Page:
New York lawyer Joann Trezza recently filed suit against her employer, The Hartford Inc. insurance agency, charging that her superiors repeatedly passed her over for promotions because she is married and has children.
Trezza charges that those promotions consistently were granted to either single women or men with kids, and that her supervisors claimed that women, and especially mothers, are not good planners. Trezza’s lawyer Steven Eckhaus explained, “If you’re a man with children, employers see you as more responsible more capable of doing your job. If you’re a woman with children, many employers see it as a problem.”
Although other parental-discrimination cases have been filed, they remain few, perhaps because most potential plaintiffs are not adequately protected under current discrimination laws. Only a few states and cities address familial status in their workplace discrimination laws, and federal law does not address the issue.
Since Title VII of the Civil Rights Act does not prohibit discrimination based on marital or family status, many companies are free to discriminate with impunity. Firms that are suspected of discriminating against mothers more so that fathers could face sex discrimination charges, although this charge is difficult to prove.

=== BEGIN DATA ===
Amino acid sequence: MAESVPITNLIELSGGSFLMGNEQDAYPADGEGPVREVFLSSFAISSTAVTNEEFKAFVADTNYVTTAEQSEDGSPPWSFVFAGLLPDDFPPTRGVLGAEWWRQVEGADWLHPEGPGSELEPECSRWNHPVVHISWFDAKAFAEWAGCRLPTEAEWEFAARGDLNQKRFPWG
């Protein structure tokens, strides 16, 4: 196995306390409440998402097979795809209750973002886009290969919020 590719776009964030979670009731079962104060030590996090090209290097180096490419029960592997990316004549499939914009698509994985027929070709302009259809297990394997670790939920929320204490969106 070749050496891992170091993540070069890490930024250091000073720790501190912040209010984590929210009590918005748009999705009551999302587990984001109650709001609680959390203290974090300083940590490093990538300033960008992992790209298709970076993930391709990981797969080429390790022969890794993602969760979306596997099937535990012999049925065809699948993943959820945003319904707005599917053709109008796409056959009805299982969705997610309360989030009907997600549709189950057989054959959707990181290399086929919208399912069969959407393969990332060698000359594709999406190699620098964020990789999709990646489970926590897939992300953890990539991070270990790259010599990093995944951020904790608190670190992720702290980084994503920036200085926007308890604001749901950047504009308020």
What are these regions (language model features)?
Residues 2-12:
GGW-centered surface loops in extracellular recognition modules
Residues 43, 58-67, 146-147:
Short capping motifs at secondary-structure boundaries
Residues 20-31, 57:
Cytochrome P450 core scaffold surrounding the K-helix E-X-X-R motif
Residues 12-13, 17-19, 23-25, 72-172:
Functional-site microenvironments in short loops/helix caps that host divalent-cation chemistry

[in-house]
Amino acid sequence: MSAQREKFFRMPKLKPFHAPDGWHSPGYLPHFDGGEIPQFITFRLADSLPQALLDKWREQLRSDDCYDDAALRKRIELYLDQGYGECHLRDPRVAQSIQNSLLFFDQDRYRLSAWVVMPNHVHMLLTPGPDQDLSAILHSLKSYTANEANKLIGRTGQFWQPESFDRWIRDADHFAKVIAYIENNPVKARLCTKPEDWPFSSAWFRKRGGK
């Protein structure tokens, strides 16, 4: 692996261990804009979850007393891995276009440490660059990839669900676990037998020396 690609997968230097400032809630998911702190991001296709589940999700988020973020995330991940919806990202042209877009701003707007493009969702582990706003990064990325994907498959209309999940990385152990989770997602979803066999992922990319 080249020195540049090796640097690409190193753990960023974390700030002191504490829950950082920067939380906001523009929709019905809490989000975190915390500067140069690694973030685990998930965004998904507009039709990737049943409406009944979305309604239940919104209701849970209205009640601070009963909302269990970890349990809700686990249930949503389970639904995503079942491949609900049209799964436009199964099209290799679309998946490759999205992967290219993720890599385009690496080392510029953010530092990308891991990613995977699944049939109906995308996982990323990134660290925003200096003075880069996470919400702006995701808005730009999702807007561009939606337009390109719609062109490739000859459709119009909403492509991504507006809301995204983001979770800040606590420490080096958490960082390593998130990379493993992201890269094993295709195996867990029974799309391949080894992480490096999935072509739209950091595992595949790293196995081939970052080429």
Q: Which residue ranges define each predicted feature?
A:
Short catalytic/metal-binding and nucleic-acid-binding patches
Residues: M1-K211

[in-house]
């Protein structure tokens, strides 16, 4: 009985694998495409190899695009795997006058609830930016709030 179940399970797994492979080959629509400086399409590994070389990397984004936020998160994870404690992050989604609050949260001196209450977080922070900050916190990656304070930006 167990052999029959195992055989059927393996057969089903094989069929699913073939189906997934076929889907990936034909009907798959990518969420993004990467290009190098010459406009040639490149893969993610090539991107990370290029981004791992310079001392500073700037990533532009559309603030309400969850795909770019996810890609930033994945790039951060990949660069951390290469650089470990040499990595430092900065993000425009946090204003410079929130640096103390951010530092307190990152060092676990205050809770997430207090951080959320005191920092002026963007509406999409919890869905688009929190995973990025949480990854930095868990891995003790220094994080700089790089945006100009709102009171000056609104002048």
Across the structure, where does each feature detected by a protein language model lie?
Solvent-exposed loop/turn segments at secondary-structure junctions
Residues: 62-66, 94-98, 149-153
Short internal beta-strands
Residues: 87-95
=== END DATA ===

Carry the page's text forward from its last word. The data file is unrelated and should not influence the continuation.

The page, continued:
President Clinton called on Congress to pass a federal law protecting caregivers from workplace discrimination during his State of the Union address last month, but tangible progress on this goal has yet to be seen.
Discrimination issues consultant Craig Platt says that he has frequently seen cases where companies grant positions requiring relocation and travel to single employees because it is cheaper to relocate a single individual than a whole family, and because employees with children are perceived as less flexible.
Judy Clark is the president of a national human resources consulting firm called HR Answers. She noted, “I don’t know if it will ever be as blatant as, ‘You’ve got kids, I won’t hire you. It will be more subtle than that: ‘You aren’t working as hard; you aren’t putting in the extra effort.'”
Donna Lenhoof, a lawyer for the National Partnership for Women and Families in Washington, D.C., argues that effective discrimination law should test whether an employee made an “individual determination” about an employees’ skills, or whether the employers’ determination was based on an unfair assumption that parents are by definition less productive or willing.
Susan Meisinger, senior vice president of the Society for Human Resource Management, believes that the labor market is too tight for anti-parent discrimination to exist, at least on a large scale. “The whole trend has been for greater flexibility, and to allow for greater work-life balance,” she said.